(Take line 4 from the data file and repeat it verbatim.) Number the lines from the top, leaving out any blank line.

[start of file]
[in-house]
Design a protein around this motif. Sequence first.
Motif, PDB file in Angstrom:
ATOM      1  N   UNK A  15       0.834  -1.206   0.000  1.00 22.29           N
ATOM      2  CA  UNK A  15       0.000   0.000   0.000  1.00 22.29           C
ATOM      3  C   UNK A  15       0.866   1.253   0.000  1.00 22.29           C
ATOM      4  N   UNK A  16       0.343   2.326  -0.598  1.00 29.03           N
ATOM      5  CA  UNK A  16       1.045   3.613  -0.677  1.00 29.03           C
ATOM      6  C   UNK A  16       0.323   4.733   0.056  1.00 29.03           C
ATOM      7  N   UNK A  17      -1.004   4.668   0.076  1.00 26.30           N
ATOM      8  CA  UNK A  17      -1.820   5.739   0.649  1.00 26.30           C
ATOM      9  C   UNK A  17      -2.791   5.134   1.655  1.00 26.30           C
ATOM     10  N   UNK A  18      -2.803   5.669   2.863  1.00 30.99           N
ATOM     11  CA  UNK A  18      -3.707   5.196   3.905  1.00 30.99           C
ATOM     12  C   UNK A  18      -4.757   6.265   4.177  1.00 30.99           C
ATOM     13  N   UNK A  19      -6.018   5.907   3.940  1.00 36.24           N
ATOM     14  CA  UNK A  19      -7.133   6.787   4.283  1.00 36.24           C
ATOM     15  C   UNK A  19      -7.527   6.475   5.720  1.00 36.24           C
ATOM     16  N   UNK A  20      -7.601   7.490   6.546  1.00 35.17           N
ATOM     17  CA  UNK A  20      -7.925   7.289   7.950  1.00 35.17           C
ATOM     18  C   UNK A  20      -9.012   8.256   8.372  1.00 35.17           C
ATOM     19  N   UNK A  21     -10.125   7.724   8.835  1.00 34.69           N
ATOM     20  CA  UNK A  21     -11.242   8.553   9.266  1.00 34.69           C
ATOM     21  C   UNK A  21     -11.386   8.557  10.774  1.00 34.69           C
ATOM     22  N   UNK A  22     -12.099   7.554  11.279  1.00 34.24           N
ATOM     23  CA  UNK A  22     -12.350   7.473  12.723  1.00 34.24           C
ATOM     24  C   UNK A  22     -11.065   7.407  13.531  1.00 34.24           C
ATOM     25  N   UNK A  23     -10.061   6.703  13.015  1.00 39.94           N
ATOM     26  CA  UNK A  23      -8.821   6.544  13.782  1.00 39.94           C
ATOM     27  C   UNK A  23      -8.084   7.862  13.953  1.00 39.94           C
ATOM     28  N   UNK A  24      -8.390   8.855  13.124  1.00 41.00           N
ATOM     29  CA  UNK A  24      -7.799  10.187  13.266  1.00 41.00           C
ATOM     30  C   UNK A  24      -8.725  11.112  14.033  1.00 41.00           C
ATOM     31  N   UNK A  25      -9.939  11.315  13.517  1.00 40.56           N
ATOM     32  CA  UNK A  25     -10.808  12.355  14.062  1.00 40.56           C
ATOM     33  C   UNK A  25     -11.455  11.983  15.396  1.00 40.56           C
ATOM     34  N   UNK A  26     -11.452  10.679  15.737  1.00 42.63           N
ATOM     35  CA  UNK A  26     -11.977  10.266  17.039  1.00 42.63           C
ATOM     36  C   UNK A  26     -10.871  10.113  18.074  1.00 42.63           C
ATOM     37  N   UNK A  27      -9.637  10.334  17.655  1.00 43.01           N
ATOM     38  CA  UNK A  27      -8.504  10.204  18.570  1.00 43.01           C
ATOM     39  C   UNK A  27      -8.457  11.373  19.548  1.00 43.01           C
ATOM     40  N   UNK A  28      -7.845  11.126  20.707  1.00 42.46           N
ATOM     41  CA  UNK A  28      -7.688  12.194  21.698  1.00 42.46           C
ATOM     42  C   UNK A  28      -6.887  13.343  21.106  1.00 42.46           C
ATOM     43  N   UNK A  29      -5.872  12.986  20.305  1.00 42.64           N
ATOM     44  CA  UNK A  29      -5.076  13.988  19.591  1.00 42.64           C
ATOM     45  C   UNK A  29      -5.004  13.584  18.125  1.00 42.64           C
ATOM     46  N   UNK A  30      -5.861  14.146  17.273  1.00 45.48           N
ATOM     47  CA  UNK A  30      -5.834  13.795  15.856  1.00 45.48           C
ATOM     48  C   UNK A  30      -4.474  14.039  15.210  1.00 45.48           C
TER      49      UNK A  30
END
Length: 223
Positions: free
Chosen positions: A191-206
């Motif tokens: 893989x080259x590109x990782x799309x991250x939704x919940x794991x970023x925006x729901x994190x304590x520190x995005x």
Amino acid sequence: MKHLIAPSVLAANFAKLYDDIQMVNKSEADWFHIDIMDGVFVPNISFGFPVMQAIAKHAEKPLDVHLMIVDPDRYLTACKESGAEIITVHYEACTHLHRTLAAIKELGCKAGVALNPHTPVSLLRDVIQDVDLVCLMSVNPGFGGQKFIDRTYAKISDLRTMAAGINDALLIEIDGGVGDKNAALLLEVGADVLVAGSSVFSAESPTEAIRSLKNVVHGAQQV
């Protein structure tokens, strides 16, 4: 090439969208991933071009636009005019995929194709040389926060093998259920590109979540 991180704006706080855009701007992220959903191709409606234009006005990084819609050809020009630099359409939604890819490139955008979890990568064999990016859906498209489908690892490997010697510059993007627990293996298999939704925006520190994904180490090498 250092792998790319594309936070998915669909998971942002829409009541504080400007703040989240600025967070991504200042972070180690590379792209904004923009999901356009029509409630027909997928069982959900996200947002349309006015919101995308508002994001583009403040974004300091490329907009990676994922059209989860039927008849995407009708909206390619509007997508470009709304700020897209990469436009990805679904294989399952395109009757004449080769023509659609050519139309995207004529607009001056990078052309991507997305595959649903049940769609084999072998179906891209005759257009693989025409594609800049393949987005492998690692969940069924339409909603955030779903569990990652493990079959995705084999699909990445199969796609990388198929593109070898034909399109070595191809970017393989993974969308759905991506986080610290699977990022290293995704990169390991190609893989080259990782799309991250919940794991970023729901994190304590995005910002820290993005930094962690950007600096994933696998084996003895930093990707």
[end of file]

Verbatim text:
ATOM      1  N   UNK A  15       0.834  -1.206   0.000  1.00 22.29           N